Friday, May 29, 2009

Duck islands and plasma TVs

The list of just what MPs have claimed for has been quite interesting really and might, in the end, prove more damaging to some than others as it highlights their similarities and differences to their electors.

For instance, some Labour MPs seem to be in trouble for flipping, claiming max allowances or overdoing it on the plasma screen TVs. Margaret Moran standing out somewhat for claiming dry rot treatment on a house nowhere near her constituency.

That's going to be pretty irritating to their voters, but they can, perhaps, comprehend the desire for these things - more cash, lower housing costs, a nice TV.

Now, look at the Conservative excesses and you have duck islands and moat cleaning. For the middle class voter that Labour captured in 1997 and who the Tories need if they are to win the next election, that is another world. They have nothing in common with someone who builds 'servants' quarters' at the taxpayers' expense.

This is the sort of troughing that makes the voter want, in the immortal lines of that great revolutionary, Wolfie Smith, to line them up against the wall - bop, bop, bop.

Gordon Brown should go to the country now on a platform of greed that we can comprehend.

As for Julie Kirkbride's claims to be a mum struggling with childcare. That will only enrage those parents out there facing the same dilemma, but unable to rely on the public purse to build them an extension to help.

Thursday, May 28, 2009

Who is in it the deepest?

It must be an interesting time for Gordon Brown at the moment. Interesting in the Chinese sense that is.

But not entirely gloomy.

When the Telegraph broke the story it led with Labour figures, but it's been pretty even-handed in handing out the kickings ever since. After all, as its journalists delved into that hard drive, they must have been bewildered by just how much dirt there was on politicians of every party. Where do you start? Moats, mortgages, or dry rot?

It has been universally bad news for all the parties.

Gordon Brown may be in the mire, but is he as deep in the mire as David Cameron.

What's more, are voters who traditionally back the Conservatives - the party that has always associated itself with law and order - going to be more outraged and for longer, than Labour voters?

This is not to say Labour voters condone what's gone on, but they might not have an attack of the vapopurs so severe as their Tory counterparts when they discover their MP has been claiming for catfood.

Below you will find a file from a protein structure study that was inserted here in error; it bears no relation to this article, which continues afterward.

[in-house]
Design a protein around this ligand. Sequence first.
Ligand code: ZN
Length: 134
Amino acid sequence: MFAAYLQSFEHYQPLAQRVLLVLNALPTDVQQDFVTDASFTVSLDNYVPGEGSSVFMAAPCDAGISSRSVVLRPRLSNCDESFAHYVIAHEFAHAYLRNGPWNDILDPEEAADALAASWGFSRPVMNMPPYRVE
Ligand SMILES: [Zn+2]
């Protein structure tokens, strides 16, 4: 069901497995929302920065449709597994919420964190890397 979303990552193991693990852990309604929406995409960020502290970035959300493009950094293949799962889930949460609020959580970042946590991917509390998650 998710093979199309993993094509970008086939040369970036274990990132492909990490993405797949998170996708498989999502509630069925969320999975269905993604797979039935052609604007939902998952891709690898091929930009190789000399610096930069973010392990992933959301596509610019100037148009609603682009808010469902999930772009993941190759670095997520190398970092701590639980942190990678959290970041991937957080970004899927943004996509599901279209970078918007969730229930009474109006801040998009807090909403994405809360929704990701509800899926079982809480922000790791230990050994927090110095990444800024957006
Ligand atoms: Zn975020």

It might not turn voters from one party to another, but it may affect the turnout. Elections are decided in marginal constituencies where parties manage to 'get the vote out'. In those constituencies it will depend how long the whiff of corruption lasts, which party it clings to longest and how much it bothers the voters in that constituency.

David Cameron might secretly be hoping he rids himself of his Julie Kirkbrides as quickly as he can, because I suspect this scandal will bother his voters and particularly his potential voters much more than it will those for other parties.

Saturday, May 23, 2009

No moral authority

I have to say that not having the weekly deadline of a column to file has been a release or sorts. The blank screen staring at me at, usually, 1am on a Sunday night when I used to write it, is not something I miss.

But the past few weeks have been an exception. 

This whole expenses thing may just blow over. But then again, unless some big event - a war, a terrorist attack - comes along to divert our attention, it could colour the way people vote.

It would have been a joy to have been writing the column this last month, if only to have been working in such a target-rich environment. Never let it be said I passed up a chance to shoot fish in a barrel.

The problem Labour and the Tories have is that they have shown themselves to be so pathetically driven to claim whatever they could, from cinema systems, to moats to cat food, all at our expense.

It becomes very difficult for them to argue against public sector pay rises and for tax rises when they have shown themselves so willing to spend our money on giving themselves a very comfortable life.

Of course, there are a few voices who have commented on the irony of journalists criticising anyone's expense claims when their own are so legendarily exorbitant. To a certain extent they are living in the past. Expense accounts may still be generous on some national papers, but not all, and certainly not to to the extent they were in the past. There was a time when not only could you claim a camel on expenses, but also the cost of its burial when  it died in the course of duty (see Stephen  Glover's 'Secrets of the Press')

Indeed when I started out as a lowly junior in North Wales and mentioned to my superiors that my wage was less than generous, I was told to 'bump up' my expenses to supplement my paltry pay. OK, I didn't get my moat cleaned, but the principle is the same. Except it was never with public money, and that is different.

Gordon Brown must be hoping that events will come to his rescue and something will happen in the next 12 months to rescue the reputation of his Government.